Instead of looking at the harbour as a site to be exploited commercially (for which, read ‘apartments’) those in charge should look for new ideas by creating a waterfront forum, with the local yacht clubs and the existing commercial operators, to promote the harbour's massive potential for high-yield marine tourism, at the very least.
There are real benefits in this, particularly for the neighbourhood. For example, the country's largest sailing event, the Volvo Dun Laoghaire Regatta, held in the harbour biennially since 2005, generates €3 million in revenues for the town. But it's not just a regatta, it's a rolling manifesto of what Dun laoghaire sailing could achieve if it pulled together.
It has been a long-standing criticism that the town centre is physically disconnected from the harbour by the railway line that runs in front of it. The council is completing cover-over sections of the line, a move to encourage more people down to see what's happening on the water, and this cannot come soon enough.
With such investment, it should be possible for local retailers – a sector in decline in the town, which, in recent times, has seen one in five shops boarded up – to pitch at the needs of the harbour and visiting ships. That was always the hope if plans to attract cruise liners had come off, but what's also required is to develop the sort of jobs that cannot be shipped abroad.
Think of the Pfizer plant in Dun Laoghaire; the cost to the Exchequer of each of those 210 or so jobs and the ease with which they upped and left. For a similar investment, we could have developed 200 jobs that would stick to Dun Laoghaire like limpets because this is where their natural advantage would exist.
These employers would not be in the old-style hunter-gatherer lifestyles (eg inshore or sea fishing) but in activity tourism and niche manufacturing and services.
As a working 'for instance', a sail making firm was established in Crosshaven, Co Cork in 1974. It's still there, a thriving small Irish business that designs and exports sails all over the world. It grew thanks to the enterprise of a local initiative by Royal Cork Yacht Club to develop festivals and events such as the world-renowned Cork Week regatta.
Dun Laoghaire has no such marine cluster. Derelict harbour buildings could be used as incubators for sailmakers, riggers, marine electronics and mechanical workshops. These businesses already exist but in a small way, currently employing up to 100 people, most of whom work out of vans without proper premises.
Dun Laoghaire is falling behind
In spite of Dun Laoghaire Harbour's position as the largest boating centre, it is now falling way behind other Irish ports. Dun Laoghaire sailing interests also need to set out a stall for the future.
The East Pier is a golden opportunity for a regulated commercial activity, but this potential is limited by the absence of services on the pier such as adequate water supply and power outlets. Major work was carried out on this pier in the past few years, but services were ignored.
Another opportunity is an adequate landing stage. The experience of other ports with cruise liner traffic is that once the big ships arrive, smaller ones usually follow. There is a market for super yacht/mega yacht boats. These were calling and using the Dublin City Mooring facility on the River Liffey until it was closed, and have now mostly stopped calling to the East Coast altogether.
A suitable landing stage could also be used for events such as boat shows, all centred around the Carlisle Pier.
In addition, there are currently no opportunities for the general public to try sailing or boating without having to take a sailing course or join a club. The French system of publicly owned boats available to hire at a small cost allows easy sailing opportunities for schools and the general public.
And it's a system that could be successfully transferred to Dun Laoghaire because, against the odds, a commercial sailing school manages to operate in the harbour without any State support and many obstacles.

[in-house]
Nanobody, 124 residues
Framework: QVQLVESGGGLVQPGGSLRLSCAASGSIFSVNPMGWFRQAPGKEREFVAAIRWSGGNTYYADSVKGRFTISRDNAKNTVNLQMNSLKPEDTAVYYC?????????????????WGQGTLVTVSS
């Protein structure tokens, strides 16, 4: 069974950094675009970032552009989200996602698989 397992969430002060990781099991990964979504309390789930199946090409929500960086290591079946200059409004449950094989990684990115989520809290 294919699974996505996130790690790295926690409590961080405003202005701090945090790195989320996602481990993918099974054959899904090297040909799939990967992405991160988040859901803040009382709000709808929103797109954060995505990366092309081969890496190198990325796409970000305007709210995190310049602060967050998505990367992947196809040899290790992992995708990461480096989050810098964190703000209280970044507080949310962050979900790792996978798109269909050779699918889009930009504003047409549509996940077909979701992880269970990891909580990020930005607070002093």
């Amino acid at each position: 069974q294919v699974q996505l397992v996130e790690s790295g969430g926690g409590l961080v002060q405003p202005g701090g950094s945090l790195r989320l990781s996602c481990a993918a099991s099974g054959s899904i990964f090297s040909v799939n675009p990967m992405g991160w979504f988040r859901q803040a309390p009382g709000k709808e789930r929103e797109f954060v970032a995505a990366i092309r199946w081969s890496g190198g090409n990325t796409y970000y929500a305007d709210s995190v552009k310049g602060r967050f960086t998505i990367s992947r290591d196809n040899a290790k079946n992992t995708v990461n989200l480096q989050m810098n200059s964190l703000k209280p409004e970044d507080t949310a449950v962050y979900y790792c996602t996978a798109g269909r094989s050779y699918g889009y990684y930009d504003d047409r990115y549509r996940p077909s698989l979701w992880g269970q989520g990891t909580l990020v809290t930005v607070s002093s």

Research, and the experience in France and elsewhere, points to the need to establish a maritime activity centre as hub to nurture new marine businesses.
Investing in the harbour in this way could allow Dun Laoghaire to provide an ideal base for tall ships to winter and do regular maintenance. There is only one small area given over to boat yard activities in Dun Laoghaire, yet there are over 1,000 boats based in the harbour.
By allowing the expansion of yard facilities, a fully-functioning boat yard could provide full-time employment for a large number of people.
In the move from commercial port to leisure harbour, the combined marine leisure groups – such as the well-established yacht clubs with over 5,000 sailors, the maritime museum, marine trade and other users – could band together and move forward as a united users group rather than competing interests.
In July 2010, Dun Laoghaire Rathdown County Council spent over €1m on the Festival of World Cultures. The budget figure overran by €400,000. If this level of funding is available, surely the town's maritime culture could feature, too? After all, this is the council that found €36m to build a library to overlook the harbour in the teeth of recession.
It would be an ideal opportunity to put to good use the new 8,500 sqm space presented by Carlisle Pier, the country's only exhibition space in the middle of the sea.
If that sounds like pie in the sky, it really shouldn't seem so far out of reach, as it’s this kind of thinking that’s going on elsewhere in the country.
In Cork Harbour, a politician there who can see the potential in the blue economy has been pushing buttons to promote maritime interests.
Minister for Foreign Affairs Simon Coveney, a sailor and a former Minister for the Marine, has been instrumental in securing significant marine funding to develop the €20 million Beaufort Centre. It’s the final piece of a jigsaw that makes Cork Harbour a world-renowned marine research and development location, helping to unlock Ireland's maritime and energy potential.
It's been the same in Galway, where the Marine Institute is based and has developed world-class marine expertise. These efforts have come about under the stewardship of John Killeen, chair of the institute and an experienced sailor.
Coveney and Killeen are 'harbour czars', passionately and cleverly pushing the maritime agenda because they can see how it can benefit the local and national economies.
So where is Dun Laoghaire Harbour's world class marine research centre? Where is Dun Laoghaire Harbour's slice of the Government marine budget pie? Where is Dun Laoghaire Harbour's czar?